Weekend cooking – Thai Iced Tea (video)

It’s been a while since I’ve had one of these drinks but wow, it’s so tasty. Cold brewed iced coffee is hard to beat but this is right up there for summer drinks.

Just as parts of the US and Canada are roasting, we’re having a major heatwave over here as well. In the UK, there are reports that hundreds of people have already died from the heat and in France, temperatures are rising for the next few days.

I’ve certainly experienced hotter temperatures – southern Egypt in August comes to mind – but we’re just not used to much of this in Paris. Us having extreme heat is something like the southern US getting an inch of snow in the winter. When you’re not used to it or prepared for it, it’s not a lot of fun.

It’s still not nearly as bad as the heatwave from ten years ago but it’s still hot and places like northern France and the UK simply aren’t accustomed to this kind of heat. Few people have air conditioning because it’s not worth the investment for what may be a week or two of high temperatures so we just sort of melt and lay low and have a cold drink when it’s like this.

For those wanting the ingredients and directions, here’s what they posted on the YouTube page.

THAI ICED TEA RECIPE

INGREDIENTS

– Thai Tea Mix (1/2 Cup)
– Evaporated Milk (3 TBL)
– Water (4 Cups)
– Sugar (1/2 Cup)

DIRECTIONS:

– Bring 4 Cups of Water to a boil
– Add Tea mix and suga. Continue cooking for 5 minutes.
– Remove from heat and cool for 10 minutes.
– Filter through tea sock and cool in fridge for 30 minutes.
– Pour over ice, and add condensed milk.
– Enjoy. No seriously, enjoy. This one’s delicious.


An American in Paris, France. BA in History & Political Science from Ohio State. Provided consulting services to US software startups, launching new business overseas that have both IPO’d and sold to well-known global software companies. Currently launching a new cloud-based startup. Full bio here.

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  • http://spybubblez.com.br/ dylnenett

    I’ve used evaporated milk as a sort of cream substitute a number of
    times. It is cheaper and keeps indefinitely. It has much less butterfat
    of course than cream and while it resists denaturing it’s still possible
    to curdle it. Also there’s the slightly brownish color and caramelized
    taste. But I’ve made decent sauces and cream soups using evaporated
    milk.

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  • Monoceros Forth

    I’ve only used sweetened condensed milk once whereas I’ve used evaporated milk several times in cooking and I suspect there is more difference between the two beyond the presence or absence of sugar. Evaporated milk is a mobile liquid, about the same viscosity as half-and-half perhaps, whereas sweetened condensed milk is viscous and sticky, resembling syrup.

    I’ve used evaporated milk as a sort of cream substitute a number of times. It is cheaper and keeps indefinitely. It has much less butterfat of course than cream and while it resists denaturing it’s still possible to curdle it. Also there’s the slightly brownish color and caramelized taste. But I’ve made decent sauces and cream soups using evaporated milk.

  • emjayay

    Condensed is about the same I think except it is sweetened. If you have that around fine, just reduce the (rather high) amount of sugar. There is no reason why you couldn’t use twice as much regular milk or powdered milk mixed with half the normal water or half and half or whatever you want in the milk department, like rice milk or soy milk. Evaporated milk is just concentrated and has a characteristic cooked taste. It’s probably just a tradition because of lack of refrigeration in a hot climate.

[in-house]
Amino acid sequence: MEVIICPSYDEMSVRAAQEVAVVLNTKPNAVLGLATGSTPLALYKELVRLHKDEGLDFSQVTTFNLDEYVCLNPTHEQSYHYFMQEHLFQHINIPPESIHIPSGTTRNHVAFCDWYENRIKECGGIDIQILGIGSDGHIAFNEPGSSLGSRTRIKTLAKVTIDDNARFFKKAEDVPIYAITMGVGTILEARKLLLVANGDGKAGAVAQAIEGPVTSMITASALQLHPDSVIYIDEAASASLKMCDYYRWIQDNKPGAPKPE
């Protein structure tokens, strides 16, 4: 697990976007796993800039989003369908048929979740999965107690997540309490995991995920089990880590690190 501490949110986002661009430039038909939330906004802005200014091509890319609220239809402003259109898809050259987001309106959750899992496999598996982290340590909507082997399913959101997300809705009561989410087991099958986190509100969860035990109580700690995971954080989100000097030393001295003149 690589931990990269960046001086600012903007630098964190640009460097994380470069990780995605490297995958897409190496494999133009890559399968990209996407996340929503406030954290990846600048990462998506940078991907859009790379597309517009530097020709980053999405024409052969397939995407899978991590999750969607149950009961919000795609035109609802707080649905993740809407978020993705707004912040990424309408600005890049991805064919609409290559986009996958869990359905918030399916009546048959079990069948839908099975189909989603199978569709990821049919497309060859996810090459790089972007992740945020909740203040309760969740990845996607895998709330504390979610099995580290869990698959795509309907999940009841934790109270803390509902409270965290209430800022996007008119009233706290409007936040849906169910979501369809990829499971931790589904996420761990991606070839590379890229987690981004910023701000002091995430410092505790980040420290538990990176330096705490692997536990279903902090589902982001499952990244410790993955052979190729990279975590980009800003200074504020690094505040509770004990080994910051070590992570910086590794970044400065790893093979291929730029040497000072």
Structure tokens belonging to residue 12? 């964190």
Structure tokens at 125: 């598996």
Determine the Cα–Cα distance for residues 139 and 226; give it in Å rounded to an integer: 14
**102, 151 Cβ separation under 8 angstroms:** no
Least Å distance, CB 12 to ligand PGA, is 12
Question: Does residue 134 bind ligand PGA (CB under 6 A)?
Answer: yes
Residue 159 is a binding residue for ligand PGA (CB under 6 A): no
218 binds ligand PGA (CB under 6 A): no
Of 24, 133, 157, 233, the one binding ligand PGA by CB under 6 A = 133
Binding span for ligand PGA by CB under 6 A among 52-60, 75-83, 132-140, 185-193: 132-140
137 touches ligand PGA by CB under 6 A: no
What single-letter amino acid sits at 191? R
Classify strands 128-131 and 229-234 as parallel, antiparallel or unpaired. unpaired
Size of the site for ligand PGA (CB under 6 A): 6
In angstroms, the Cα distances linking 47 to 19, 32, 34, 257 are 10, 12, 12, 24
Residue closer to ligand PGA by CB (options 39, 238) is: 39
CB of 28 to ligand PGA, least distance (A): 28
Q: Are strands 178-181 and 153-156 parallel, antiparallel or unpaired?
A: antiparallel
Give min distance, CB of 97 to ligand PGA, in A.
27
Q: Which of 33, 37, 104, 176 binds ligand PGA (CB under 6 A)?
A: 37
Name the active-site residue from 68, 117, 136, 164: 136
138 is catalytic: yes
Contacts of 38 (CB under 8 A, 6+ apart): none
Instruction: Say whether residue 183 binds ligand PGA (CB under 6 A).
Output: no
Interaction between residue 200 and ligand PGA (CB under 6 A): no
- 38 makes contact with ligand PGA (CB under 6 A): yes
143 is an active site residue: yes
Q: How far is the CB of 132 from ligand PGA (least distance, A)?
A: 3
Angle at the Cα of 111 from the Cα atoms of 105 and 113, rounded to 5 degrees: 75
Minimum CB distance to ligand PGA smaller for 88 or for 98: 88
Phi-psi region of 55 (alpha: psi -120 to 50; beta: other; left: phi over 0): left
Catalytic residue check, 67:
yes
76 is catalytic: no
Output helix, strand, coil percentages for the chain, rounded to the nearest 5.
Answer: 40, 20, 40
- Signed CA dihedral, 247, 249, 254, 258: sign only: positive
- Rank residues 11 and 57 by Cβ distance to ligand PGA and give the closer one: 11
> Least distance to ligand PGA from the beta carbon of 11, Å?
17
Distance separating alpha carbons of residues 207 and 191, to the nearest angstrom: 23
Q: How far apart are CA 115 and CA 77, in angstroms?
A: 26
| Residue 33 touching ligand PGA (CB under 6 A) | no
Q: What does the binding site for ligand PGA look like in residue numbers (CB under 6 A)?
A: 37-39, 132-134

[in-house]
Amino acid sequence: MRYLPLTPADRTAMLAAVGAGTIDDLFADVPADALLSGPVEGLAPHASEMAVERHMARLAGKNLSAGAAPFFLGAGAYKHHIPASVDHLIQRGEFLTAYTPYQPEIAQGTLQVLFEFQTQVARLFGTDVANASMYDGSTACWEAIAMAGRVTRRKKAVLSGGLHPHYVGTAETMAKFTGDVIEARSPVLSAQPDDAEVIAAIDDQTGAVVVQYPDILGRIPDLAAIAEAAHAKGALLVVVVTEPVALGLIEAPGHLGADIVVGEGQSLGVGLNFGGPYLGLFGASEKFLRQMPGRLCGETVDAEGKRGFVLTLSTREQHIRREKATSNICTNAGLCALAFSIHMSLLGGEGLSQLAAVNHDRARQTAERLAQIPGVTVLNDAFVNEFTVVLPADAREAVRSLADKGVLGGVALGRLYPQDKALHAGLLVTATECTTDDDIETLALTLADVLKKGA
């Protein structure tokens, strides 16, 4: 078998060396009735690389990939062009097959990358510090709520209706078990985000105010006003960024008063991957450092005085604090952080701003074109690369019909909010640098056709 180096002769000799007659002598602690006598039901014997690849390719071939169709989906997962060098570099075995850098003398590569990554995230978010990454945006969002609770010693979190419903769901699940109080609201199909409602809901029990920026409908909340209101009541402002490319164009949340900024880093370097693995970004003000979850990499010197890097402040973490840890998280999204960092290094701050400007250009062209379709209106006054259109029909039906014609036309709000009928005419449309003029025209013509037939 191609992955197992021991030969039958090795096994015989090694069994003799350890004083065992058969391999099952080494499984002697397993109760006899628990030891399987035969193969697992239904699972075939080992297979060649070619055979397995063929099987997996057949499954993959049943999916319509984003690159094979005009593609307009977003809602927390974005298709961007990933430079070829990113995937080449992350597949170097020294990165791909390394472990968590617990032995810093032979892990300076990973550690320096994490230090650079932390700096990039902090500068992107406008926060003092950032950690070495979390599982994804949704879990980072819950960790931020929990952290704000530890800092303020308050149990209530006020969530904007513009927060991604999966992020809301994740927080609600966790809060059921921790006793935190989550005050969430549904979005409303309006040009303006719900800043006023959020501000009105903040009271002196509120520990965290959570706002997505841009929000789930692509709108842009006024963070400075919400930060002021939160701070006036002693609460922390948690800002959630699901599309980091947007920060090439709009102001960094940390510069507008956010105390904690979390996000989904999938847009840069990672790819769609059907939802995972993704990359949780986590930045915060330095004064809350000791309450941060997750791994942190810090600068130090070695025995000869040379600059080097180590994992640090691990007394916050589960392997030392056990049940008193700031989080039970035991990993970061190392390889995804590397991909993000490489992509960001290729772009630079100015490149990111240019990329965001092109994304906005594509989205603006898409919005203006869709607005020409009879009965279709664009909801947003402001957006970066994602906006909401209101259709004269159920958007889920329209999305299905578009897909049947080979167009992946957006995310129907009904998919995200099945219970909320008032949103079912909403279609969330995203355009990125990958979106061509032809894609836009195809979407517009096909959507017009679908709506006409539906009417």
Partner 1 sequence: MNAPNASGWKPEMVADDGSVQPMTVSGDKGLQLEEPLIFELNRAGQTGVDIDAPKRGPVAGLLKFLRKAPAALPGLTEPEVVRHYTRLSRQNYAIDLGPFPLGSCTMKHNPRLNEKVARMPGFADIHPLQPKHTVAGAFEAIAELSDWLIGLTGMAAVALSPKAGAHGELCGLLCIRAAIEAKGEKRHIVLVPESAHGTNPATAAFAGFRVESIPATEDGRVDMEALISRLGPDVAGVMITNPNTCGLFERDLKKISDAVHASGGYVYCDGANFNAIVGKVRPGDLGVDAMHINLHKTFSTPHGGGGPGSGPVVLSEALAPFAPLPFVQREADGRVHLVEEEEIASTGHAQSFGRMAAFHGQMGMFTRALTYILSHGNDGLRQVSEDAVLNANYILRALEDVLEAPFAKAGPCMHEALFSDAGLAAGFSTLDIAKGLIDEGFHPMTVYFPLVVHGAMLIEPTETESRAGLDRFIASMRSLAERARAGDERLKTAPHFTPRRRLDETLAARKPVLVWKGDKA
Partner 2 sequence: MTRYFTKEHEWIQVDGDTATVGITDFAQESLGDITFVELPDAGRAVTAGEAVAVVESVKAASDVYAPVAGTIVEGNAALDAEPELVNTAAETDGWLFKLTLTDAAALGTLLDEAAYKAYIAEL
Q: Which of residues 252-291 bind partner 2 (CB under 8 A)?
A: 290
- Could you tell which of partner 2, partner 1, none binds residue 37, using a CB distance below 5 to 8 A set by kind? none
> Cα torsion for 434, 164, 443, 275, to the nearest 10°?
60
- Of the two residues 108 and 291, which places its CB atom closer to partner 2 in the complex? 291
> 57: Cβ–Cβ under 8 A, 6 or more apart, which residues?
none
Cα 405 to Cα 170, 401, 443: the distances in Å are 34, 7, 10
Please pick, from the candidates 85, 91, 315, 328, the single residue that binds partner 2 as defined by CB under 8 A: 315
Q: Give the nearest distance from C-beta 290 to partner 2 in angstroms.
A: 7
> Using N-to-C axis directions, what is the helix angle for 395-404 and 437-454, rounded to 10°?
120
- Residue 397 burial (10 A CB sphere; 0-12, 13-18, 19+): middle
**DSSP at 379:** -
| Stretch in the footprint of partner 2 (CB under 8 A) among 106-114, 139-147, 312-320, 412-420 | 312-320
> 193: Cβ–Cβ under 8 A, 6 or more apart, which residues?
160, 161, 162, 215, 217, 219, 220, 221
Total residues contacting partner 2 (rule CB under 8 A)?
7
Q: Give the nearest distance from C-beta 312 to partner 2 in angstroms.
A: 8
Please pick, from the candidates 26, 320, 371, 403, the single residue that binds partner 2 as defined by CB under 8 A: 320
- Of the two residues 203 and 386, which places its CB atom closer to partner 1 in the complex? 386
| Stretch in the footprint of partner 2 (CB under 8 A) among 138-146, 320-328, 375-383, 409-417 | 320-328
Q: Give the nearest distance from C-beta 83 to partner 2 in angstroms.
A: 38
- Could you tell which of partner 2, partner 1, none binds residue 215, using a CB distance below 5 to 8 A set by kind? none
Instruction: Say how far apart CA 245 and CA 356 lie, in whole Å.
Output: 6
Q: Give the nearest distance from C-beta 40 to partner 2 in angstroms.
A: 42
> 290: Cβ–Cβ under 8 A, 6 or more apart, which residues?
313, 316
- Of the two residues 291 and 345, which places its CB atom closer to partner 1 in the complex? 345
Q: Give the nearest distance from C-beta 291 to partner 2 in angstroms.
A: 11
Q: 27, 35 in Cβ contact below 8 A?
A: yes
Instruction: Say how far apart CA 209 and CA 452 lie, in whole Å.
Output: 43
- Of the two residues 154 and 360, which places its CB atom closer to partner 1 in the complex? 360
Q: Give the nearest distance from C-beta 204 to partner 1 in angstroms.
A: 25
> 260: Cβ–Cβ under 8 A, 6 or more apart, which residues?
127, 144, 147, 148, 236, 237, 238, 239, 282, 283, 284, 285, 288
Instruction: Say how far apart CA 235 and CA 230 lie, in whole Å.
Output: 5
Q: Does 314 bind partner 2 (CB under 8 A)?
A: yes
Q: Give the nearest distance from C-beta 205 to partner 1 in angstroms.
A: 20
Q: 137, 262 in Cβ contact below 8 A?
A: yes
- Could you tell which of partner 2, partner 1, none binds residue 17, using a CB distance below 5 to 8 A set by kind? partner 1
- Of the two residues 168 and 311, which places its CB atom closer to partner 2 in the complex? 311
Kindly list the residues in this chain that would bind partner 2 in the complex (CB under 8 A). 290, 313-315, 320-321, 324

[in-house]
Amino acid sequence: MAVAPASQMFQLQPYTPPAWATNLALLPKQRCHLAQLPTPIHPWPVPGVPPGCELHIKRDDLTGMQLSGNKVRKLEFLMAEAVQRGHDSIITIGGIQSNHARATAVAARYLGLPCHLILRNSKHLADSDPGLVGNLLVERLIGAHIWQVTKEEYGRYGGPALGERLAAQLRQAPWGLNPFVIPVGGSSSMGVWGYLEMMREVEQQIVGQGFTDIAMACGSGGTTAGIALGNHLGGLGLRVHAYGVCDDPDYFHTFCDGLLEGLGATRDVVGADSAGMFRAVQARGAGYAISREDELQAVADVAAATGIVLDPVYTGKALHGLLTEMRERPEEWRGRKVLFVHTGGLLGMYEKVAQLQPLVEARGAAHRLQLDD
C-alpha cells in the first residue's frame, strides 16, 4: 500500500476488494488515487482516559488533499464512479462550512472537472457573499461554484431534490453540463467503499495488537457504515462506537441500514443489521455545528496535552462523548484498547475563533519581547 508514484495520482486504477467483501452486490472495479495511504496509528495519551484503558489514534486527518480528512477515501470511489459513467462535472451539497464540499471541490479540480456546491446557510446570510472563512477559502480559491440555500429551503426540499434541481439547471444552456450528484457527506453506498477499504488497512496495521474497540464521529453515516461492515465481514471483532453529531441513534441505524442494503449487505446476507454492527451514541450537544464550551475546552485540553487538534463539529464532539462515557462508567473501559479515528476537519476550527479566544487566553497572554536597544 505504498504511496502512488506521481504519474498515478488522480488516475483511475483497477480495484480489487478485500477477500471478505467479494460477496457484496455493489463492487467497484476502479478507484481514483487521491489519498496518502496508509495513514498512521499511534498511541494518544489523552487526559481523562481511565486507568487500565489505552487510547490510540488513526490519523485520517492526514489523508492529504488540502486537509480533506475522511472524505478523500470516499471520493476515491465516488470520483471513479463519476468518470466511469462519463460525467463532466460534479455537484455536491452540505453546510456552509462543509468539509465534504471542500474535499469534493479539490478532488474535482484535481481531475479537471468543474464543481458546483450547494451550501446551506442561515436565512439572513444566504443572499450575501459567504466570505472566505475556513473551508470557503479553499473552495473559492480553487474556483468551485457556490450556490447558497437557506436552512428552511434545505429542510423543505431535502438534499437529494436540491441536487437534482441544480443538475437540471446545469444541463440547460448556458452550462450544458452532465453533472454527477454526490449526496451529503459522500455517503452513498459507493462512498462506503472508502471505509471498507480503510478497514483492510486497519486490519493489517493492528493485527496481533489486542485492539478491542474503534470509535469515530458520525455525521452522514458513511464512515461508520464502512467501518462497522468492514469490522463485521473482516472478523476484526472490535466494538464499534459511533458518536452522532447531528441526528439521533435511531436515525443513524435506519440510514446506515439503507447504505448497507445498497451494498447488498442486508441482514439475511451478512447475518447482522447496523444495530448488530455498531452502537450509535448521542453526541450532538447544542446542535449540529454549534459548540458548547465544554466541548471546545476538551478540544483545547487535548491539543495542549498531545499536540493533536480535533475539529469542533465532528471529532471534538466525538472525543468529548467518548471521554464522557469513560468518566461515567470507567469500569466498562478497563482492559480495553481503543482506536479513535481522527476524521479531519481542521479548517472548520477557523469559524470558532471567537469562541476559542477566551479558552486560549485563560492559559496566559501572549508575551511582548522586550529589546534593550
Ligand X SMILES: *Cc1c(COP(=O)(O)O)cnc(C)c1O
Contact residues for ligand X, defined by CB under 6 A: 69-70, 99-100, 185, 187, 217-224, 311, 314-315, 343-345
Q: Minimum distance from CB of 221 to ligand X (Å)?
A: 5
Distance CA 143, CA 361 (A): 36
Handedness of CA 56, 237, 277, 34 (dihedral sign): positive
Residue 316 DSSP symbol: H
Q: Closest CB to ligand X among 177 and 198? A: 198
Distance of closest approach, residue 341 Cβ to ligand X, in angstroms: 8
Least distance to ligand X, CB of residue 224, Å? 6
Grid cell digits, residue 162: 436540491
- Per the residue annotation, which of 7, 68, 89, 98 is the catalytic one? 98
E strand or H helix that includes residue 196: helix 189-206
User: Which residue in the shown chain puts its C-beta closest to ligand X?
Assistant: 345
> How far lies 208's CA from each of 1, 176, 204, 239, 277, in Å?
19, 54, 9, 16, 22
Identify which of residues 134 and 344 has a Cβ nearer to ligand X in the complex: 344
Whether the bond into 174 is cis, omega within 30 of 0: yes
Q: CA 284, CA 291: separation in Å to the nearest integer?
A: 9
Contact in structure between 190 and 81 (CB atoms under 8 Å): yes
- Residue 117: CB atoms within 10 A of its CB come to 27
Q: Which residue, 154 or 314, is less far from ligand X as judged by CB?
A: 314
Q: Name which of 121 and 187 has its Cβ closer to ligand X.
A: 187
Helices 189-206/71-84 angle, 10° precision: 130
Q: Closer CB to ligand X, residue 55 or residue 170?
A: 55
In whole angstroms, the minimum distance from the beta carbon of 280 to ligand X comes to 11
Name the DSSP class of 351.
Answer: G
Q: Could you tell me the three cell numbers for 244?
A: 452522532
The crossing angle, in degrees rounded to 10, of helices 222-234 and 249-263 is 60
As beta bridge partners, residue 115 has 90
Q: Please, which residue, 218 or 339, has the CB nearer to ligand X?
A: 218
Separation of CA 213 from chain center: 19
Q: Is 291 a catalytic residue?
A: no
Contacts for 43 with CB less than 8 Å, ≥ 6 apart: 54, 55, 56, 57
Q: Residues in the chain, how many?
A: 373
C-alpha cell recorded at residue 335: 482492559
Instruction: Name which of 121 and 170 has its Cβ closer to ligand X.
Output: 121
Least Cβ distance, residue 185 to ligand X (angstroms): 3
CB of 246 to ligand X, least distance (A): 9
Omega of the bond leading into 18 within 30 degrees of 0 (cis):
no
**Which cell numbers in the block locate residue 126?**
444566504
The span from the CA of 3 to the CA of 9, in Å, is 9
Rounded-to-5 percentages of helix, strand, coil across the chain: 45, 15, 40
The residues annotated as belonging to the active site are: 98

• Abby

    evaporated milk is different than condensed milk, for gawd sakes.

  • Sugapea

    Chris, I love your ‘Weekend Cooking’…always look forward to it. Thanks!

  • unrepentant_expat

    Nevertheless, it’s the traditional Thai iced coffee that’ll give you the kick that made Muey Thai famous. I wouldn’t start a two block walk without it!

  • nicho

    Pick them very young, very very young. I tried it once and picked when they were older. It was the biggest disaster. The filling was great, but everyone was sitting around chewing, chewing, and chewing. They tried to be polite, but there was no way. We all just ended up spitting them out and laughing about it.

  • Wesinoregon

    Thai tea is one of my favorites to cool off with. There is a brand I use in tea bags used like any other tea. There is also Thai tea in Asian stores sold in larger bags. I like the grassy taste of it since it’s not like regular tea. I use cream instead of evaporated milk to give it an extra richness.

  • Drew2u

    I don’t believe my father sprays the vines, but I am unsure. Thanks for the help! :)

  • Zorba

    Yes. But they have to be picked young, when they are lighter green and still supple. From vines that haven’t been sprayed with anything yet. And they need to be blanched. Boil some water, turn off the stove, put the grape leaves in, and let them soak 3-5 minutes until tender.
    And yes, they are quite edible. ;-)

  • Drew2u

    Come on, using “Thai tea Mix” is sorta cheating, isn’t it? ;)

    Also, question: My family has grape vines and my father was wondering if we could take those leaves off of our own vines and make stuffed grape leaves; also are the leaves themselves edible or are they just a wrapper like banana leaves or tamales?

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